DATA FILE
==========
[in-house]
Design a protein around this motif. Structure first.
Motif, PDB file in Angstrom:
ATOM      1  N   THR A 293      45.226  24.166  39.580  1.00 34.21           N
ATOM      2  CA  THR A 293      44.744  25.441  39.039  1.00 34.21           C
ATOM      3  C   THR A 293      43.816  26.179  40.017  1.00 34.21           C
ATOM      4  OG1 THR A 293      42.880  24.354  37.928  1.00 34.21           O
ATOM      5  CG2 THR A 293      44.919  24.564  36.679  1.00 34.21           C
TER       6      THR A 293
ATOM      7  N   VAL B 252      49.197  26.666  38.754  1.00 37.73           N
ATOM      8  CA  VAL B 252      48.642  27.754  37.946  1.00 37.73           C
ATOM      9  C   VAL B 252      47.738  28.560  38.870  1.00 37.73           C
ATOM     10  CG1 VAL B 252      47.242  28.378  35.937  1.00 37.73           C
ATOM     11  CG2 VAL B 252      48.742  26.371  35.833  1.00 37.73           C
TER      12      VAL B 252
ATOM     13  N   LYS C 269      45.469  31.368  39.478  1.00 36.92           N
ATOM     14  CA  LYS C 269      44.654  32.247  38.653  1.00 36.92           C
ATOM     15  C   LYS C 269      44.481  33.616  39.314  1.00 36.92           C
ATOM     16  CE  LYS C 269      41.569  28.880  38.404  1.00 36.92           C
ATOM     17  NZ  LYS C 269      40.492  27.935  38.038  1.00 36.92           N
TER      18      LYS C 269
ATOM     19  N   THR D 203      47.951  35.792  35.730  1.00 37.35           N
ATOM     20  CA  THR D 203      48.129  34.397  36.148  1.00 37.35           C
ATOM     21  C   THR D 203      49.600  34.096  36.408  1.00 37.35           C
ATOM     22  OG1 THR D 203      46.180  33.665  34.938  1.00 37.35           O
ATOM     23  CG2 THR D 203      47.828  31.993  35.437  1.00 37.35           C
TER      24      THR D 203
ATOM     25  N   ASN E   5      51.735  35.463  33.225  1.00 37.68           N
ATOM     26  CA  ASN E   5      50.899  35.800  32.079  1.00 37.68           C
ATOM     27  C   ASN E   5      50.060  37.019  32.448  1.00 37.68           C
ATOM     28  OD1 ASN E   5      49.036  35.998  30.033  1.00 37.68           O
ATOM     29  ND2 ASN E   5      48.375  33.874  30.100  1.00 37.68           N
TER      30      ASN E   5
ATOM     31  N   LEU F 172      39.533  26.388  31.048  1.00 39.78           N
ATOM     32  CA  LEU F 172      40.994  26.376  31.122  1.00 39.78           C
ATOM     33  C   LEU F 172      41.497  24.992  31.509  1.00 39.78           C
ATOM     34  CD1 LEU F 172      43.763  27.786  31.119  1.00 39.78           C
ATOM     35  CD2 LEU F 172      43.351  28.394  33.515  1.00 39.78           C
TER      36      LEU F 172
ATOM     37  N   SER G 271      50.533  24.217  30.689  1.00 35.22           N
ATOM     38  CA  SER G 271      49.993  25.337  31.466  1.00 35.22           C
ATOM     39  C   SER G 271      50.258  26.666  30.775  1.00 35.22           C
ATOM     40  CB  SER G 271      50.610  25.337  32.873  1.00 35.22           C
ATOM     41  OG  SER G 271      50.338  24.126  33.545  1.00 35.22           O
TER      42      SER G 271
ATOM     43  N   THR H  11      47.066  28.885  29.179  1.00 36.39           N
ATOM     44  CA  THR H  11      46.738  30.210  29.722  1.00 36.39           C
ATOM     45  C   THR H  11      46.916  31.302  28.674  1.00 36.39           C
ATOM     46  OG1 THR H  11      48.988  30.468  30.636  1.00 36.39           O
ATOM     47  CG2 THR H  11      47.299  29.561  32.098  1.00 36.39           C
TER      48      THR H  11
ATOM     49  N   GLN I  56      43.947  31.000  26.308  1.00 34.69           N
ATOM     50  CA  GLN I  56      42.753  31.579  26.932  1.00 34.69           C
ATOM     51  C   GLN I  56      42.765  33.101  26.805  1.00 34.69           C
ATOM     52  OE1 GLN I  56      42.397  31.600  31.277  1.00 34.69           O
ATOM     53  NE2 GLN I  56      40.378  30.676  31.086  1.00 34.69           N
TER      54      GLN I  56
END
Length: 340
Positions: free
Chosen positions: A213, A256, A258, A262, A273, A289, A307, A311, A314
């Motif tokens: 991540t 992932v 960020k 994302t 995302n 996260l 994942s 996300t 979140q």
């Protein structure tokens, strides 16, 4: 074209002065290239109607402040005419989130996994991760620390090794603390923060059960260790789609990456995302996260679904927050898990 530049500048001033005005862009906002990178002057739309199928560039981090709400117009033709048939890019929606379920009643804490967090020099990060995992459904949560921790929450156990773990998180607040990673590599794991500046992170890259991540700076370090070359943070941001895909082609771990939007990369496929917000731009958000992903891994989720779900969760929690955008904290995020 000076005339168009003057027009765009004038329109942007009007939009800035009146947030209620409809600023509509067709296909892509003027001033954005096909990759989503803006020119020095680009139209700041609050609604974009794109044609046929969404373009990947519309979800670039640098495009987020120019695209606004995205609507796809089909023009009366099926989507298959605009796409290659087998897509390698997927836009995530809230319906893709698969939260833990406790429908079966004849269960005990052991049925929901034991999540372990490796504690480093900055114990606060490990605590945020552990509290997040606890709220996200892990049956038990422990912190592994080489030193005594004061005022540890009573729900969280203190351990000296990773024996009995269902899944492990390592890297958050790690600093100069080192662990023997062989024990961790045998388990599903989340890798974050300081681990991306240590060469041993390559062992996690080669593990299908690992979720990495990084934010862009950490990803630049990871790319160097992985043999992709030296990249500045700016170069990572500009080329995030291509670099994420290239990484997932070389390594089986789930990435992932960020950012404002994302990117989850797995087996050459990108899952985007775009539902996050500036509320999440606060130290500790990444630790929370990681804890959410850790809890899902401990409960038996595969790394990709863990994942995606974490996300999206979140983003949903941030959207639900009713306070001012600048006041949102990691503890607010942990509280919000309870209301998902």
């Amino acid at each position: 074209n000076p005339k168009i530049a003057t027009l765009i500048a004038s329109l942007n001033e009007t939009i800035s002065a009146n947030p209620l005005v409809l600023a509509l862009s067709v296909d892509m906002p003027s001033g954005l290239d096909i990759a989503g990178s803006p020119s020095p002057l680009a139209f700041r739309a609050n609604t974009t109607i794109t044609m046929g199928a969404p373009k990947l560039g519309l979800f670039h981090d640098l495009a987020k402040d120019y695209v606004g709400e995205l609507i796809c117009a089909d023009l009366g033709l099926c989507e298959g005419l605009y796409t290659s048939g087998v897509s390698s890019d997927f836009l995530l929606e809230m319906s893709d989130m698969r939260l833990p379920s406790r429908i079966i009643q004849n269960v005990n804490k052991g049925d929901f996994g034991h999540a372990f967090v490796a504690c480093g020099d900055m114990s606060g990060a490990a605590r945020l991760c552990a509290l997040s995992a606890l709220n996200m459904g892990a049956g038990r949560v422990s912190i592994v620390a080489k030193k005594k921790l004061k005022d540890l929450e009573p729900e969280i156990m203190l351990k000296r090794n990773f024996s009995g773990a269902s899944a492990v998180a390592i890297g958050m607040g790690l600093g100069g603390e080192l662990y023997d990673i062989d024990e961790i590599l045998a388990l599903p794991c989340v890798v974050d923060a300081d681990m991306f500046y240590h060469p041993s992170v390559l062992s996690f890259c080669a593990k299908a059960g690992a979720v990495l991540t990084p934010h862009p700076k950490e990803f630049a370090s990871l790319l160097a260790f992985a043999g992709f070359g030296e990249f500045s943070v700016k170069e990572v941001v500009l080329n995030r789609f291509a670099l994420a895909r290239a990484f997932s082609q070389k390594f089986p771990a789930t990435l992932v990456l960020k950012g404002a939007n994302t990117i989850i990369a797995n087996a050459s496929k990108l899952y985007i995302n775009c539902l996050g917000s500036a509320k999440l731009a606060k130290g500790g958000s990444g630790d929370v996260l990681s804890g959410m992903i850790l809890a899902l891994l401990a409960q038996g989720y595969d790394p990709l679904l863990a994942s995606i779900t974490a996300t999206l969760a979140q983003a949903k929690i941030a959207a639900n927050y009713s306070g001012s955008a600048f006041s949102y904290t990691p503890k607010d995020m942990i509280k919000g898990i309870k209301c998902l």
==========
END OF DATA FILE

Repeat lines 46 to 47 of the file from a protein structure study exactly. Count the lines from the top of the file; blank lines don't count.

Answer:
ATOM     43  N   THR H  11      47.066  28.885  29.179  1.00 36.39           N
ATOM     44  CA  THR H  11      46.738  30.210  29.722  1.00 36.39           C